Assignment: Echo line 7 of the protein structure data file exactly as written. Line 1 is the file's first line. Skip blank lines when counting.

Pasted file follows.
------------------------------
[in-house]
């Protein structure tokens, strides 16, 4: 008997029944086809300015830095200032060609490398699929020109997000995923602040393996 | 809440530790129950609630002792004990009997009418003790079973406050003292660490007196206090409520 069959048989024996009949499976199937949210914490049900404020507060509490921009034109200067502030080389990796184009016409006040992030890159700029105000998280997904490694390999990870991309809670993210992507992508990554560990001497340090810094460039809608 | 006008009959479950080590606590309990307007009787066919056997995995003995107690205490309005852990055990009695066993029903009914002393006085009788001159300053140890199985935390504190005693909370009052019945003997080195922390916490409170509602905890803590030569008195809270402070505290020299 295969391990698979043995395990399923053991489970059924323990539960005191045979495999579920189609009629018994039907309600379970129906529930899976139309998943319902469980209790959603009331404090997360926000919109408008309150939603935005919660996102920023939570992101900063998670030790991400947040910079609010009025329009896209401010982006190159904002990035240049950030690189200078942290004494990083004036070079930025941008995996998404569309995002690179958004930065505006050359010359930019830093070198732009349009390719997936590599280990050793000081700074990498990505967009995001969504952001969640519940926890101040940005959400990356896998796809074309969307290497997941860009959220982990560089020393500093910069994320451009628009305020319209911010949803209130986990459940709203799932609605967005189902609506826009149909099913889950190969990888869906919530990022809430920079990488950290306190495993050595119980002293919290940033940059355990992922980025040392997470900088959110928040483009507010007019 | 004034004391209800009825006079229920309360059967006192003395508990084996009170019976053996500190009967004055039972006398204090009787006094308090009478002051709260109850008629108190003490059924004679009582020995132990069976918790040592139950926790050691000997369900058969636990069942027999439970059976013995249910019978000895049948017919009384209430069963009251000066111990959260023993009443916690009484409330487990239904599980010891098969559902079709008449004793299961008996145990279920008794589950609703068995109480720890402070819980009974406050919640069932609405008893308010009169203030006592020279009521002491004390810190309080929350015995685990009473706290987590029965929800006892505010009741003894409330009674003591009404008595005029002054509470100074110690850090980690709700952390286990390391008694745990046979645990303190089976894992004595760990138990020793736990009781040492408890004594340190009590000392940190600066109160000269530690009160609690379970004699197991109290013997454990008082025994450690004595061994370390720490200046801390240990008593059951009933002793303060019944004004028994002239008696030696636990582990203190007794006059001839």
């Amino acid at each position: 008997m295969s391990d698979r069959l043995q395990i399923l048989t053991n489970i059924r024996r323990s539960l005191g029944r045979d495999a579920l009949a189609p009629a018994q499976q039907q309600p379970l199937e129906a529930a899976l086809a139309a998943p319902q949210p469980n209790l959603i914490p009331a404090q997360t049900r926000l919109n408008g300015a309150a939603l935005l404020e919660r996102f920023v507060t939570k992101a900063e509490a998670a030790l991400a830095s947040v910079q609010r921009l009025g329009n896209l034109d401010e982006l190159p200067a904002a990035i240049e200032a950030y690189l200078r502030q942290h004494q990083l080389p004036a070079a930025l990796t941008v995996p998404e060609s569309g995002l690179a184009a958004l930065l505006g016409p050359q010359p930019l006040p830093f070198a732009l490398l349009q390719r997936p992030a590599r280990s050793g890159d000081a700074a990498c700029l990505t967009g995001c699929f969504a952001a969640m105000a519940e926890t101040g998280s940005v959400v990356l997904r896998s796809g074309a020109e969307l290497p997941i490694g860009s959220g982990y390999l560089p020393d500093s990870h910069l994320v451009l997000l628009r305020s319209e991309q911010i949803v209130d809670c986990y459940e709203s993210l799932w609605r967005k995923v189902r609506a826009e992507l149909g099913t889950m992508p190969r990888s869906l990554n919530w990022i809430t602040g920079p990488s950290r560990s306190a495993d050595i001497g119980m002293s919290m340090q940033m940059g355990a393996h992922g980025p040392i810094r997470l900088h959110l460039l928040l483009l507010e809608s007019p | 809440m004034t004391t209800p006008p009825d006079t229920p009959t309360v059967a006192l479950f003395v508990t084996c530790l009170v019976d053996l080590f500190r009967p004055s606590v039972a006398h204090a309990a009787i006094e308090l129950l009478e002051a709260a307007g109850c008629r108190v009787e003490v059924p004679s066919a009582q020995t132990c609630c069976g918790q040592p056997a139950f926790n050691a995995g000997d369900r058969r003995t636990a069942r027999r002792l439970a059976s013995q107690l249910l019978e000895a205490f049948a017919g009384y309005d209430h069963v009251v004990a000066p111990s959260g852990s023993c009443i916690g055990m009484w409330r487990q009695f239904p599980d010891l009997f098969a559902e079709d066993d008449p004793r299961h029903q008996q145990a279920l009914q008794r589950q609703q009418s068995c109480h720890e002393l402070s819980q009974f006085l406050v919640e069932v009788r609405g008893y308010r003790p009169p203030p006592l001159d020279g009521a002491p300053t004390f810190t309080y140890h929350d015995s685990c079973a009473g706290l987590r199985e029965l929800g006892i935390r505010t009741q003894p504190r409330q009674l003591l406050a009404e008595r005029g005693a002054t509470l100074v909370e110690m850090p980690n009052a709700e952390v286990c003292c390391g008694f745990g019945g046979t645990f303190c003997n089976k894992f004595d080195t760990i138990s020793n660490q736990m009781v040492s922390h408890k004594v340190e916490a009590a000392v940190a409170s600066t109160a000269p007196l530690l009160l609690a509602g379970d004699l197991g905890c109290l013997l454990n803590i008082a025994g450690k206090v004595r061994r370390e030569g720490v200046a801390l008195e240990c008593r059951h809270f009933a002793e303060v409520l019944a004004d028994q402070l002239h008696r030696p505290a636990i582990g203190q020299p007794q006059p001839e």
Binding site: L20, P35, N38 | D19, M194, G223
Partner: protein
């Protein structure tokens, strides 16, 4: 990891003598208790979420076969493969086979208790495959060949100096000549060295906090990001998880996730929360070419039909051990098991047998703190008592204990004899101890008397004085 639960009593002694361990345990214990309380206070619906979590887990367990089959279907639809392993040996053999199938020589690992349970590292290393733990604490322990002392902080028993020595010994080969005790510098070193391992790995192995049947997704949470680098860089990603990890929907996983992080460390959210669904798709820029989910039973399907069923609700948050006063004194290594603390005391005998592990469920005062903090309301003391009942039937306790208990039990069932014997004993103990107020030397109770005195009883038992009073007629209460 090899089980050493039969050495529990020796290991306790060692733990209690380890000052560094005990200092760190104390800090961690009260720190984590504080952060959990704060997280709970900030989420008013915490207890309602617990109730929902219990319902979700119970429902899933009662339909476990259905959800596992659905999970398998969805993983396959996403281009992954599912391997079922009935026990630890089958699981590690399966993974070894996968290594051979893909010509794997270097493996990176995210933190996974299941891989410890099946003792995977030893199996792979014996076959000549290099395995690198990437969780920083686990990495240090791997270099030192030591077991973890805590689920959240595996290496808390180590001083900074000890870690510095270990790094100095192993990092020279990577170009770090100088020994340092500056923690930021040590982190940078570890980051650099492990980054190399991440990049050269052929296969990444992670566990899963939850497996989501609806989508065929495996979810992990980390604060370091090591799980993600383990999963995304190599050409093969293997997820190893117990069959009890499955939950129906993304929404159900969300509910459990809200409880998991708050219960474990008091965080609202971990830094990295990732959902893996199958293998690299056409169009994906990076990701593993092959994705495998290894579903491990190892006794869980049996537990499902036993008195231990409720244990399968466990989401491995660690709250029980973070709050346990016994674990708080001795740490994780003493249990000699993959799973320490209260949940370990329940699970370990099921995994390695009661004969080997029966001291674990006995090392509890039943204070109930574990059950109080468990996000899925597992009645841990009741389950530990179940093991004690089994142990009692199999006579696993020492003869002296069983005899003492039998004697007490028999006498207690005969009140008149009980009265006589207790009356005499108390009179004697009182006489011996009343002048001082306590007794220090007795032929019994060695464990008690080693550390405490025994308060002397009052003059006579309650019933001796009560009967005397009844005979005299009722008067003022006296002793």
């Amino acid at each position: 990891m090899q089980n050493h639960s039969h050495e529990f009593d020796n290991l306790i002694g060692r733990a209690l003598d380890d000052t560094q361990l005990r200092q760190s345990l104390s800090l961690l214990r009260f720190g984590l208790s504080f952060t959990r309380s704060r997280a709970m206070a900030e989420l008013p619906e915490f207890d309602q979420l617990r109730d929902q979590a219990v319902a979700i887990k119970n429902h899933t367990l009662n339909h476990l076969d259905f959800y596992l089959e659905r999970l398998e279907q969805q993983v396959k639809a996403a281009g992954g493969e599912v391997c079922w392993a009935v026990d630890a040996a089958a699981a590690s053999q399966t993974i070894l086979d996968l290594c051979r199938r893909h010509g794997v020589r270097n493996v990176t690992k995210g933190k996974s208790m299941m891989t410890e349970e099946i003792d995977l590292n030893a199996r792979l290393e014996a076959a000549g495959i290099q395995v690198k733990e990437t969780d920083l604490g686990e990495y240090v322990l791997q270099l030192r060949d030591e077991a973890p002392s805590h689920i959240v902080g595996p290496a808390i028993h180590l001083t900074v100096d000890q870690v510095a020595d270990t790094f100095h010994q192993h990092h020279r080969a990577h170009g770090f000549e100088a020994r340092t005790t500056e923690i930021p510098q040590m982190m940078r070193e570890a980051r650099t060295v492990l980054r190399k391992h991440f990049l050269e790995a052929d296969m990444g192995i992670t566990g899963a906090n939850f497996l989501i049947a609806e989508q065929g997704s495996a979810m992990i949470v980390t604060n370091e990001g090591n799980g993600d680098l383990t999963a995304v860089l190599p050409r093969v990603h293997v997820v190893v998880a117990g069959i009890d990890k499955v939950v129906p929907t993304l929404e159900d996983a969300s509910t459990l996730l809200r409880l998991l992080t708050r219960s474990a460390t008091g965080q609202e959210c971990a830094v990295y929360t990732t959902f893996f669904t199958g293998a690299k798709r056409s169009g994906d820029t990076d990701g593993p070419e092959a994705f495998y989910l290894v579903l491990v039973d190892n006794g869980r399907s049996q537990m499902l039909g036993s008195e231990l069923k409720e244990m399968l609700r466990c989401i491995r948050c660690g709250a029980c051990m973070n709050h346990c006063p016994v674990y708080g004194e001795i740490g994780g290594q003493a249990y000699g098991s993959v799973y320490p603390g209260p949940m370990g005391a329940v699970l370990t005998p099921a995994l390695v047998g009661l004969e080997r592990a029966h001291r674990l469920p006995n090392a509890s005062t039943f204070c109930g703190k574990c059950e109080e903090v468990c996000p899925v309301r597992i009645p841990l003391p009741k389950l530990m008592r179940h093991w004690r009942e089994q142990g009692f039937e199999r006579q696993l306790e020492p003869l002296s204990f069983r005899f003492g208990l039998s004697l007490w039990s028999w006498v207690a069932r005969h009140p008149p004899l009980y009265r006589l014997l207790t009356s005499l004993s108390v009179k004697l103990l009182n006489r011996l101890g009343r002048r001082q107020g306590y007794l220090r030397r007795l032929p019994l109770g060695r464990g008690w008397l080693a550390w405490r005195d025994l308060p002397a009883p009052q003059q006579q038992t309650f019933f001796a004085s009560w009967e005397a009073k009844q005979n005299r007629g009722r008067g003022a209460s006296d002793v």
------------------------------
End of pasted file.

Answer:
């Amino acid at each position: 990891m090899q089980n050493h639960s039969h050495e529990f009593d020796n290991l306790i002694g060692r733990a209690l003598d380890d000052t560094q361990l005990r200092q760190s345990l104390s800090l961690l214990r009260f720190g984590l208790s504080f952060t959990r309380s704060r997280a709970m206070a900030e989420l008013p619906e915490f207890d309602q979420l617990r109730d929902q979590a219990v319902a979700i887990k119970n429902h899933t367990l009662n339909h476990l076969d259905f959800y596992l089959e659905r999970l398998e279907q969805q993983v396959k639809a996403a281009g992954g493969e599912v391997c079922w392993a009935v026990d630890a040996a089958a699981a590690s053999q399966t993974i070894l086979d996968l290594c051979r199938r893909h010509g794997v020589r270097n493996v990176t690992k995210g933190k996974s208790m299941m891989t410890e349970e099946i003792d995977l590292n030893a199996r792979l290393e014996a076959a000549g495959i290099q395995v690198k733990e990437t969780d920083l604490g686990e990495y240090v322990l791997q270099l030192r060949d030591e077991a973890p002392s805590h689920i959240v902080g595996p290496a808390i028993h180590l001083t900074v100096d000890q870690v510095a020595d270990t790094f100095h010994q192993h990092h020279r080969a990577h170009g770090f000549e100088a020994r340092t005790t500056e923690i930021p510098q040590m982190m940078r070193e570890a980051r650099t060295v492990l980054r190399k391992h991440f990049l050269e790995a052929d296969m990444g192995i992670t566990g899963a906090n939850f497996l989501i049947a609806e989508q065929g997704s495996a979810m992990i949470v980390t604060n370091e990001g090591n799980g993600d680098l383990t999963a995304v860089l190599p050409r093969v990603h293997v997820v190893v998880a117990g069959i009890d990890k499955v939950v129906p929907t993304l929404e159900d996983a969300s509910t459990l996730l809200r409880l998991l992080t708050r219960s474990a460390t008091g965080q609202e959210c971990a830094v990295y929360t990732t959902f893996f669904t199958g293998a690299k798709r056409s169009g994906d820029t990076d990701g593993p070419e092959a994705f495998y989910l290894v579903l491990v039973d190892n006794g869980r399907s049996q537990m499902l039909g036993s008195e231990l069923k409720e244990m399968l609700r466990c989401i491995r948050c660690g709250a029980c051990m973070n709050h346990c006063p016994v674990y708080g004194e001795i740490g994780g290594q003493a249990y000699g098991s993959v799973y320490p603390g209260p949940m370990g005391a329940v699970l370990t005998p099921a995994l390695v047998g009661l004969e080997r592990a029966h001291r674990l469920p006995n090392a509890s005062t039943f204070c109930g703190k574990c059950e109080e903090v468990c996000p899925v309301r597992i009645p841990l003391p009741k389950l530990m008592r179940h093991w004690r009942e089994q142990g009692f039937e199999r006579q696993l306790e020492p003869l002296s204990f069983r005899f003492g208990l039998s004697l007490w039990s028999w006498v207690a069932r005969h009140p008149p004899l009980y009265r006589l014997l207790t009356s005499l004993s108390v009179k004697l103990l009182n006489r011996l101890g009343r002048r001082q107020g306590y007794l220090r030397r007795l032929p019994l109770g060695r464990g008690w008397l080693a550390w405490r005195d025994l308060p002397a009883p009052q003059q006579q038992t309650f019933f001796a004085s009560w009967e005397a009073k009844q005979n005299r007629g009722r008067g003022a209460s006296d002793v």